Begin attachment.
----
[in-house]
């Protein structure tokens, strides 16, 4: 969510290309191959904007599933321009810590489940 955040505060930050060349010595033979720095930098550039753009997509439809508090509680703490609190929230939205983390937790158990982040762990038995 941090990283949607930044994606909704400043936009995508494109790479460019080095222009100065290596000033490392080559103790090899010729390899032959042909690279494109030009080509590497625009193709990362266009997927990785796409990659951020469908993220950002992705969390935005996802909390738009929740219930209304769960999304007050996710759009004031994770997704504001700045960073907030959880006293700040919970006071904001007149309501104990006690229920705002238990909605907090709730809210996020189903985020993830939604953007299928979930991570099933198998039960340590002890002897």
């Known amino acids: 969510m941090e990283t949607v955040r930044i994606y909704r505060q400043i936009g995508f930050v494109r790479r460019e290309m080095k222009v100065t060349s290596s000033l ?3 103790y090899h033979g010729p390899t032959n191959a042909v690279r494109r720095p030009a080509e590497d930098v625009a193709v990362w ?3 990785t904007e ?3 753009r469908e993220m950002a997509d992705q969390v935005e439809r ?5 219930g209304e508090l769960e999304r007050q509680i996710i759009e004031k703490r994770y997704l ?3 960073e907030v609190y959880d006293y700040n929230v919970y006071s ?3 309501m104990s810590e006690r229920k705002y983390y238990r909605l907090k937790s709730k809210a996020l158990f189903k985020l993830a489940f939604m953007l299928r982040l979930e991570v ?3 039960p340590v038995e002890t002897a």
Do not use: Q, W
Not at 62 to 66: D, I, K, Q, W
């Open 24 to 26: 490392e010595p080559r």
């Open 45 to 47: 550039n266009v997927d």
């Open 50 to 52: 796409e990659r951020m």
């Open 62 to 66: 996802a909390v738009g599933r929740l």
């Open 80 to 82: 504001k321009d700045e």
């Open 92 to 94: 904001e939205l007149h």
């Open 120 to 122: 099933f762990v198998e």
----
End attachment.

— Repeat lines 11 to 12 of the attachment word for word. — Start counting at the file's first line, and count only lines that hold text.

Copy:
């Open 92 to 94: 904001e939205l007149h």
């Open 120 to 122: 099933f762990v198998e």